The Stone City

Words Made to Last

Wednesday, June 08, 2005

Vikings (II)

Yesterday I posted a brief history lesson on the Viking era. Some parallels with the present struggle against radical Islam are obvious, so we can expect parallels in the solutions as well.

The crucial point is the impact of the Scandinavian conversion. From this remove, it cannot be said whether Christian moral teaching significantly pacified the Vikings; more credit seems generally to be given to the cultural entanglements created by the conversion.

This is good, since the conversion of large swaths of the Islamic world is not a realistic possibility [and thinking on just how unrealistic it is illustrates how far we are from having an "American Taliban"]. Christianity has put aside the sword, and the governments of the West have put aside the cross. Our aim is to enmesh our enemies in cross-cultural exchanges; a thousand years ago, conversion was a means to this end, but there are others.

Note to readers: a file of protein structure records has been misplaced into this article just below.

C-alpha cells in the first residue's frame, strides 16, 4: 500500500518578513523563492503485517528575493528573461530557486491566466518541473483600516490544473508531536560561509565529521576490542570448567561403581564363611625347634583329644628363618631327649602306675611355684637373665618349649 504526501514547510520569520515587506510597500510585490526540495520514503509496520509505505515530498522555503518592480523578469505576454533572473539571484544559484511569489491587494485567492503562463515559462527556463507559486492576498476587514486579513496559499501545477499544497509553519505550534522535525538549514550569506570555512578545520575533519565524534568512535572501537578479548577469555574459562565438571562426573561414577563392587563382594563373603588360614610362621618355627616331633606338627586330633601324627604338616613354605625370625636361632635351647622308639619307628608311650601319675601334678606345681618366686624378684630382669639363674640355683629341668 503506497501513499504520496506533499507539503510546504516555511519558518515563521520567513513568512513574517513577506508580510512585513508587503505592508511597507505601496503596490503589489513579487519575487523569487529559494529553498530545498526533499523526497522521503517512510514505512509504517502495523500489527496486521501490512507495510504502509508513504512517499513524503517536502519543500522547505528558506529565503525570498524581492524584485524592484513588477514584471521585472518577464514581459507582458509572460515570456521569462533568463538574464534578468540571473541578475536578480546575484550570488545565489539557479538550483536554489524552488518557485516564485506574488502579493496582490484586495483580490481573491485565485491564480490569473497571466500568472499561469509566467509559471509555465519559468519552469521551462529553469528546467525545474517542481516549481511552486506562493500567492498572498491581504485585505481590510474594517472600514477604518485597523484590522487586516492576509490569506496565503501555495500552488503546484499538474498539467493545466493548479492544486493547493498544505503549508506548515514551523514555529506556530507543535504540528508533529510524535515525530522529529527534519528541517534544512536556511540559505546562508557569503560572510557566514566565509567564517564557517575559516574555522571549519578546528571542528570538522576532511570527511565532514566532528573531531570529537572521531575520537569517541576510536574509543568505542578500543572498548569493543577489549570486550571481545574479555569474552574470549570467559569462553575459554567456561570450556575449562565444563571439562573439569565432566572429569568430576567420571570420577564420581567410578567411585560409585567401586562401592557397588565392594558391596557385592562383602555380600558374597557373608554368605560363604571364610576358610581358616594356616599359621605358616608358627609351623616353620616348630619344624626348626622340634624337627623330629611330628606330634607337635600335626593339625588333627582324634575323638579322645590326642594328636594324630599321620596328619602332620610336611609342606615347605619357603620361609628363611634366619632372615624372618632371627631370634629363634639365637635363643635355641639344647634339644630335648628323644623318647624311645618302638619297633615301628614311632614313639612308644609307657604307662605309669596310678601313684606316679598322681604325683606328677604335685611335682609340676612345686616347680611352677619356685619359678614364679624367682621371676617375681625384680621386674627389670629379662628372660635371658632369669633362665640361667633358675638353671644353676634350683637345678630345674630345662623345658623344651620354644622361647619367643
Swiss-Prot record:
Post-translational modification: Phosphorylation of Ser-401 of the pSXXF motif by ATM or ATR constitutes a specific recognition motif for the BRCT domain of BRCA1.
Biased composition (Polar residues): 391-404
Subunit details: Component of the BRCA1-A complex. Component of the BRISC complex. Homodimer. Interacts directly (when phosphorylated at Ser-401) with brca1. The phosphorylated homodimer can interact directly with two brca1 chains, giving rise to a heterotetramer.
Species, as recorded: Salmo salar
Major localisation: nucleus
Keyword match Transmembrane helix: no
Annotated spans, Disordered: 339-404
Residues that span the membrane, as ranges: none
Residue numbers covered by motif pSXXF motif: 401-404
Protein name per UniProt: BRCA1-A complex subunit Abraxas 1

Viewed thus, the effect of oil wealth in creating these sociopaths in the community of nations becomes clearer. Raw materials are the only form of commerce involving no cultural ties; oil especially so. The parallel between OPEC price-fixing and danegeld is compelling.

These ties, to be effective, must be felt by the people of a country; thus they can never be formed through commerce with a totalitarian (or communist) nation. We can create peace in this manner only with capitalist democracies.

It is ironic that many supporters of the European project, who maintain that close commercial and cultural ties are a safeguard against European war, have been among the critics of the Bush administration's attempt to forge the same sort of ties in the Islamic world.